Nine years after she was last seen alive, missing landfill worker Anna Evans has been declared legally dead.
The decision is a bittersweet milestone for Evans’ five children and her sister Noreen Dixon.
Though it is confirmation of the sad fact of her death, it means they can begin the process of administering her estate.
“The papers have come up now saying she is certified as dead and we have no choice but to accept it,” said Dixon, who raised Evans’ five children after her disappearance.
It still hurts that she may never find out how her sister died.
“We would like to know that. Somebody knows, but they haven’t come forward before, and I don’t think they will now. Let God judge them,” she said.
The declaration of death means Dixon can apply for probate to administer her sister’s estate. Evans’ possessions and finances – frozen since she went missing – could then go to her children.
It also opens up the potential for a lawsuit against government. Evans, 37, was working at the landfill when she was last seen and is presumed to have died on the job.
Whether her death was an accident or something more sinister remains a mystery.
Dixon filed a ‘protective writ’ against the Department of Environmental Health in 2017, which preserved the right to bring legal action once ‘letters of administration’ for Evans’ estate were obtained.
The writ includes a claim for damages as a result of the “loss/death of Anna Evans caused by a wrongful act, neglect or default of the defendant”.
Shelley White, a partner with Walkers law firm, which has helped the family through the process of having Evans declared legally deceased, said the option of pursuing the writ remained open to the family.
Dixon said she would leave it to Evans’ children to decide.
“It is up to them and I will support them whatever they do,” she said.
A sad development
White said the declaration of death was a “sad development” but one that the family had sought in order to help achieve closure.
“This is what we have been working towards,” she said.
“We now have an order from the Grand Court saying that Anna is deemed to have died on or around 27 Jan. 2011.”
She said the main impact of that would be to allow Evans’ children access to their mother’s bank accounts, pension and savings.
Walkers attorneys Sarah Gavin, Lucy Diggle and Thea Maitland began working with Dixon and Evans’ family on a pro-bono basis after reading their story in the Cayman Compass.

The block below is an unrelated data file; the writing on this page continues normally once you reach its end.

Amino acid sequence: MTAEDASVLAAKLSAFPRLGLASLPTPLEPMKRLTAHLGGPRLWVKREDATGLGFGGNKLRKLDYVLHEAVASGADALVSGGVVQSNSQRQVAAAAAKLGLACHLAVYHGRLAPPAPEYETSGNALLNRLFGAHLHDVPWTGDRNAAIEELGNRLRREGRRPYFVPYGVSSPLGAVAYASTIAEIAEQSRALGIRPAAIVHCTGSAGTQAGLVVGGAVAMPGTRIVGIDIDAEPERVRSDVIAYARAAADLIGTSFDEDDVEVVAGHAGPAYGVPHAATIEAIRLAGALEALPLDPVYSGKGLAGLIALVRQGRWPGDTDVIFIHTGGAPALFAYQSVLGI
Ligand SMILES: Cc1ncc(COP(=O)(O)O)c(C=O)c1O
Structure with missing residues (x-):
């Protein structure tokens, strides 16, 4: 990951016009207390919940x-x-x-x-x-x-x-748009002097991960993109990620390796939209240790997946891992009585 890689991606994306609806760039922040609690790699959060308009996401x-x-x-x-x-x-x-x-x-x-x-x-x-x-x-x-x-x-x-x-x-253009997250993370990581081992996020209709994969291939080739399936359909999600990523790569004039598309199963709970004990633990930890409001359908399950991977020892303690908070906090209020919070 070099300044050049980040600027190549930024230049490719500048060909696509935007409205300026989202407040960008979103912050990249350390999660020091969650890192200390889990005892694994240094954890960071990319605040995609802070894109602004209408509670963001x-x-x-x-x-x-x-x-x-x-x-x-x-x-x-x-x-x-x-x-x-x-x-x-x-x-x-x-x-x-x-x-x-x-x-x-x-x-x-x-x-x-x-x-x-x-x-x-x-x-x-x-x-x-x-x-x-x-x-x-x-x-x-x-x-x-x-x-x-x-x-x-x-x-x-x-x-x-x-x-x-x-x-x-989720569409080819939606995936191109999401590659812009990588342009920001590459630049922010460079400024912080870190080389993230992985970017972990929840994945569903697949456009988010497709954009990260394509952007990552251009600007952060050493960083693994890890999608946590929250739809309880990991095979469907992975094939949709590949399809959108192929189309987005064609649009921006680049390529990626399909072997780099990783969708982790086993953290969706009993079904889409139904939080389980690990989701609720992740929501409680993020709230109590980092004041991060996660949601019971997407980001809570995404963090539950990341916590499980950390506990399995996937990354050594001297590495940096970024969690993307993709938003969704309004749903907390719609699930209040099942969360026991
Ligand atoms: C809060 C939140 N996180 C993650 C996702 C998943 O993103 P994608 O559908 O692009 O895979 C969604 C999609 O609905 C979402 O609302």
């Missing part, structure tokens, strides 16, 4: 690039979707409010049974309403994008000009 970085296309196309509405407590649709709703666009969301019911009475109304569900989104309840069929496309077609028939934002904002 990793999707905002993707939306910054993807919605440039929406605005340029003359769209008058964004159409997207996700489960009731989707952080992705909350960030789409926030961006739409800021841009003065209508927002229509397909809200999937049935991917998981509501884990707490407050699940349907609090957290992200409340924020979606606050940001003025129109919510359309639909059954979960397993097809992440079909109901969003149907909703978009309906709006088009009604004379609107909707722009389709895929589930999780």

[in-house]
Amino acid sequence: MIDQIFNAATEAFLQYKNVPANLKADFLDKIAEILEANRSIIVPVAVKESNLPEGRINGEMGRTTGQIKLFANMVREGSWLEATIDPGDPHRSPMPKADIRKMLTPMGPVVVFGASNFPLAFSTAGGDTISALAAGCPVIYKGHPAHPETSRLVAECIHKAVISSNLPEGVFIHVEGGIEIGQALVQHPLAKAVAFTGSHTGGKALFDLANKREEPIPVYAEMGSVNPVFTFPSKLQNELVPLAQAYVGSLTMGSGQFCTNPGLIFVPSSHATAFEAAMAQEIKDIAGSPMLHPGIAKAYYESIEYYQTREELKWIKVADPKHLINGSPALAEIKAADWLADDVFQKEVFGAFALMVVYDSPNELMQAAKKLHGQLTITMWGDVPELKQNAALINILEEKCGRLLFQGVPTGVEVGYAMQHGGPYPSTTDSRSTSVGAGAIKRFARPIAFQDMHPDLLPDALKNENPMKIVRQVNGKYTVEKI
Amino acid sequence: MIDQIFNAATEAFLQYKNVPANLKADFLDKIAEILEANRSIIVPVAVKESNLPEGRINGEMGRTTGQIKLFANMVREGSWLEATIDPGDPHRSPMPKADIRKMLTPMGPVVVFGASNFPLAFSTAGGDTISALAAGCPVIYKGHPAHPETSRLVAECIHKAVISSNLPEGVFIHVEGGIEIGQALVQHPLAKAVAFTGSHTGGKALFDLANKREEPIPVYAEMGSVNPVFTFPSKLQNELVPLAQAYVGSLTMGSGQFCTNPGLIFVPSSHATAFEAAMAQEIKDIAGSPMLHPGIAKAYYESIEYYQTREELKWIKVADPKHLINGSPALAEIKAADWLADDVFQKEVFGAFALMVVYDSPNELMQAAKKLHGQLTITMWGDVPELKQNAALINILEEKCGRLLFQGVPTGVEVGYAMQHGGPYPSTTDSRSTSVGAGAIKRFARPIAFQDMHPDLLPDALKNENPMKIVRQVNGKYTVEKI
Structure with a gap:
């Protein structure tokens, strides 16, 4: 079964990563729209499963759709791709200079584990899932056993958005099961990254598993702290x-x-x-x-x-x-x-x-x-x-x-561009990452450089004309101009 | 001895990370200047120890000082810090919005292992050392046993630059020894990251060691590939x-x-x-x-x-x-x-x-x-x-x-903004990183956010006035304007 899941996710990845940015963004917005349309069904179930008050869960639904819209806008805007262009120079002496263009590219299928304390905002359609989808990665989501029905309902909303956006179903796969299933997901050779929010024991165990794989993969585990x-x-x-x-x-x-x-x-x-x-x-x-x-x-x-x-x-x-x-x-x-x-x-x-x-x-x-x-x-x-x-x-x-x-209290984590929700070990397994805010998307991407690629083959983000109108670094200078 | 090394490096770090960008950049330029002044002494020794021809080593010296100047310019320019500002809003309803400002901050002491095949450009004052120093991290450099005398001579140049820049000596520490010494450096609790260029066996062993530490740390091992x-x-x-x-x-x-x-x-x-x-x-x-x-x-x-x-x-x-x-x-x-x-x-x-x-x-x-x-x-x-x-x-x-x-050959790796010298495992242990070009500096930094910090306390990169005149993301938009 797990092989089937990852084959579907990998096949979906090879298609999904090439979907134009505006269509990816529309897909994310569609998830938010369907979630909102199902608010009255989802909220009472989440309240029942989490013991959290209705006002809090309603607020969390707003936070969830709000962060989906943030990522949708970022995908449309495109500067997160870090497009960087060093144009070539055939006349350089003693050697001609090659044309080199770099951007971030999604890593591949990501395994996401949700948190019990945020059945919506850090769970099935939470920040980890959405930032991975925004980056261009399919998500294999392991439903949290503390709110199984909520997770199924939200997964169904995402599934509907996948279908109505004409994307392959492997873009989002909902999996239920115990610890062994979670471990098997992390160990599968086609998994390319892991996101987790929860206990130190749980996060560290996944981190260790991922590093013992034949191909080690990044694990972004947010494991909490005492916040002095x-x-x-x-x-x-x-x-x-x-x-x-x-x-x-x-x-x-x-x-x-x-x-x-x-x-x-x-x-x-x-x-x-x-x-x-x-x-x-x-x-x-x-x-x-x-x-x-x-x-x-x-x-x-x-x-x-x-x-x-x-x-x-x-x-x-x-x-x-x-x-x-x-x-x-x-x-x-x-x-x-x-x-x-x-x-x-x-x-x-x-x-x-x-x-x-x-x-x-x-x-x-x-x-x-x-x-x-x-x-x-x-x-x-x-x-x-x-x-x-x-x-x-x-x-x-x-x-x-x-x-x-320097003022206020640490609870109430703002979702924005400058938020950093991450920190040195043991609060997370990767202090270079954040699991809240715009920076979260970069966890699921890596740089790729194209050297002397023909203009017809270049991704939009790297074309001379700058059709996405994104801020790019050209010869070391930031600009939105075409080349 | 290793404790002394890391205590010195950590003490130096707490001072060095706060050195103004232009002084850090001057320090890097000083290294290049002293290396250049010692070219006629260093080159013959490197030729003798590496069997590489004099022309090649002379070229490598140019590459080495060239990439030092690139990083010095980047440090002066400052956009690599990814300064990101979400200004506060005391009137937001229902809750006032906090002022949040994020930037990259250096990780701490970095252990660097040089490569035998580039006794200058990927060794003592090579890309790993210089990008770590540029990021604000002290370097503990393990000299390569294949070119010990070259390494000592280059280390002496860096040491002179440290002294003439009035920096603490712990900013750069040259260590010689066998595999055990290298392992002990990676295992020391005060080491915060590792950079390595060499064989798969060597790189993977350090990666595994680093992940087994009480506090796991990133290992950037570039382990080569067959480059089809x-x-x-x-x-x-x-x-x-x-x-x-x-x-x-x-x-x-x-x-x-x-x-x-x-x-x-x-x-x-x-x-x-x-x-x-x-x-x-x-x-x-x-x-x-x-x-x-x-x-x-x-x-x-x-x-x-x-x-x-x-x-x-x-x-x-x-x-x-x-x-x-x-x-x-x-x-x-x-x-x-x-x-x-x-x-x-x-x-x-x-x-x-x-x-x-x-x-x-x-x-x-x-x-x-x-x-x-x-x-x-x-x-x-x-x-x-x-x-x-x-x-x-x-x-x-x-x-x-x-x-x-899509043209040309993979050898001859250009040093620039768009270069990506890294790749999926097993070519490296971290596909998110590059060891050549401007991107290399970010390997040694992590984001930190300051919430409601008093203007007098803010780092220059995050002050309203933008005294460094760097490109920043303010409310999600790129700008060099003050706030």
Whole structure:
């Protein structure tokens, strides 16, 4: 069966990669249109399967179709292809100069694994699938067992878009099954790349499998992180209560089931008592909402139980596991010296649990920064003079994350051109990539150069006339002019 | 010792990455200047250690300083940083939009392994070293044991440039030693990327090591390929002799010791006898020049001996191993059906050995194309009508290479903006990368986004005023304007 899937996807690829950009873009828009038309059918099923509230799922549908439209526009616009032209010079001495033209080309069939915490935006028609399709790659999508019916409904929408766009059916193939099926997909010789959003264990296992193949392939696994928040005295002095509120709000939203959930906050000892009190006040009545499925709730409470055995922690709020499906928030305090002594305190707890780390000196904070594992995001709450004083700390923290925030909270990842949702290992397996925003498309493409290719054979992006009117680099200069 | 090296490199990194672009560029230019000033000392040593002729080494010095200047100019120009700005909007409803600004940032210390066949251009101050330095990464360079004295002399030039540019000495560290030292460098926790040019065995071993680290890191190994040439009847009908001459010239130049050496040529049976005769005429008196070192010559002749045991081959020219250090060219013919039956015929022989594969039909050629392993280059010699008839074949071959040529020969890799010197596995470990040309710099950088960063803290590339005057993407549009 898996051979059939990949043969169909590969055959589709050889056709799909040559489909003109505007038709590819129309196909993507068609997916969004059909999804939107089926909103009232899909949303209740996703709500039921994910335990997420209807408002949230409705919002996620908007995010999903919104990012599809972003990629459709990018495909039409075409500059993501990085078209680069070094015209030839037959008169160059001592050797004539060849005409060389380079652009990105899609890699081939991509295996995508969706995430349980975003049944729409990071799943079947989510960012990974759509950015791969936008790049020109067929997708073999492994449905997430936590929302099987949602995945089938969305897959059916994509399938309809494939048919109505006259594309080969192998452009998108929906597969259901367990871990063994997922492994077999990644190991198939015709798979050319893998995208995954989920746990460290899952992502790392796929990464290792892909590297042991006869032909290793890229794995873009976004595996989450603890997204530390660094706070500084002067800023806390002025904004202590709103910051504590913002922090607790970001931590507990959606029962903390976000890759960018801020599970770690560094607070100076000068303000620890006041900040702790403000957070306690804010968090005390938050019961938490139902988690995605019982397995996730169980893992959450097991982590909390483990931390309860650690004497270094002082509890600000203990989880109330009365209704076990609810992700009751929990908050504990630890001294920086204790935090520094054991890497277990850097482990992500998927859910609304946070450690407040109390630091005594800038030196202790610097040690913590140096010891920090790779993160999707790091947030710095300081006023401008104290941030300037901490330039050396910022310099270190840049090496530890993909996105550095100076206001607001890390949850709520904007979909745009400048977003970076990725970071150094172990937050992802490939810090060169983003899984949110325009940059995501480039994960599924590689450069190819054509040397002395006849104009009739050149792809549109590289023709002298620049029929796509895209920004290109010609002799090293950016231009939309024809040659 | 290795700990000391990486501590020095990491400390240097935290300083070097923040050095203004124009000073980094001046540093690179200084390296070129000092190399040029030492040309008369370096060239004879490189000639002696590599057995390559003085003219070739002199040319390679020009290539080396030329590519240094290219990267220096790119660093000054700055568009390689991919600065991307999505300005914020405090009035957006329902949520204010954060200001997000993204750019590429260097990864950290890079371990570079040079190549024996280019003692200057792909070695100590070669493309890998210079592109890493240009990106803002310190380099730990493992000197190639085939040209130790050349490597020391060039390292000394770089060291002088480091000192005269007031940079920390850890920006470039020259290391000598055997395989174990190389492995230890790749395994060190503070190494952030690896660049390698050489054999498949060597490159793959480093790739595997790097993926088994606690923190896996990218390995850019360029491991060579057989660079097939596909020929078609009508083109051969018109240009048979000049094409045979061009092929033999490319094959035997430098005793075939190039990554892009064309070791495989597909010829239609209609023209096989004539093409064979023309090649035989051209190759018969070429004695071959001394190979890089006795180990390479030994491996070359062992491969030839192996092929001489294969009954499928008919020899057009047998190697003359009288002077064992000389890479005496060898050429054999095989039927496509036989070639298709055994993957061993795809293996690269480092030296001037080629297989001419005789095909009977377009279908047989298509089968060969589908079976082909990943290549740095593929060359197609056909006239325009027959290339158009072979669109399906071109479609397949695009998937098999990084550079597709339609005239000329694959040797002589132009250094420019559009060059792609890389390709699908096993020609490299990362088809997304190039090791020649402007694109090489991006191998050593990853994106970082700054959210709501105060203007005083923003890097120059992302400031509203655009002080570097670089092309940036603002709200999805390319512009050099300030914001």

Obtaining a death certificate has been a long and complex process. White said Walkers would continue to help the family as they apply for letters of administration over Evans’ estate.
Dixon said she was happy to have reached this point.
“It has been a long, rough road, but we have had a lot of help from a lot of good people,” she added.
She said she had accepted that her sister was dead, despite the mystery surrounding her disappearance, but it had been more difficult for other members of the family.
“The kids don’t talk about it much, but they were traumatised,” she said.
“My mother is still in denial, that she may come back. My father pined away and died thinking about my sister and what happened to her.”
The family of Anna Evans will hold a memorial at Public Beach Monday, 27 Jan., to mark the ninth anniversary of her disappearance.
The event has been organised by Evans’ children.
“We want to keep her in our hearts and minds,” said Chelsea Evans, who was just 12 when her mother disappeared after a shift at the George Town landfill site on 27 Jan. 2011.
The memorial coincides with the recent decision of the Grand Court to declare Anna Evans as legally deceased. Though the timing of the declaration was a coincidence, Chelsea hopes the decision and the event will help the family gain closure.
She said it had been a long struggle since her mother’s disappearance.
“It took a piece of me,” she said. “I did not have the opportunity to have that mother-daughter time. I was robbed of that. I still feel that part of me will never be filled.”
Evans’ five children, Christopher, Celena, Chelsea, Cody and Cruz, were aged between 7 and 19 at the time of her disappearance.
Chelsea said it had been a few years since they had held any memorial for their mother and she decided to organise Monday’s event.
Three cabanas at Seven Mile Public Beach have been reserved for the memorial, which starts at 5pm. Guests are asked to wear purple, which was Evans’ favourite colour, and bring a candle.
There will be speeches and refreshments, plus a display of balloons as part of the event.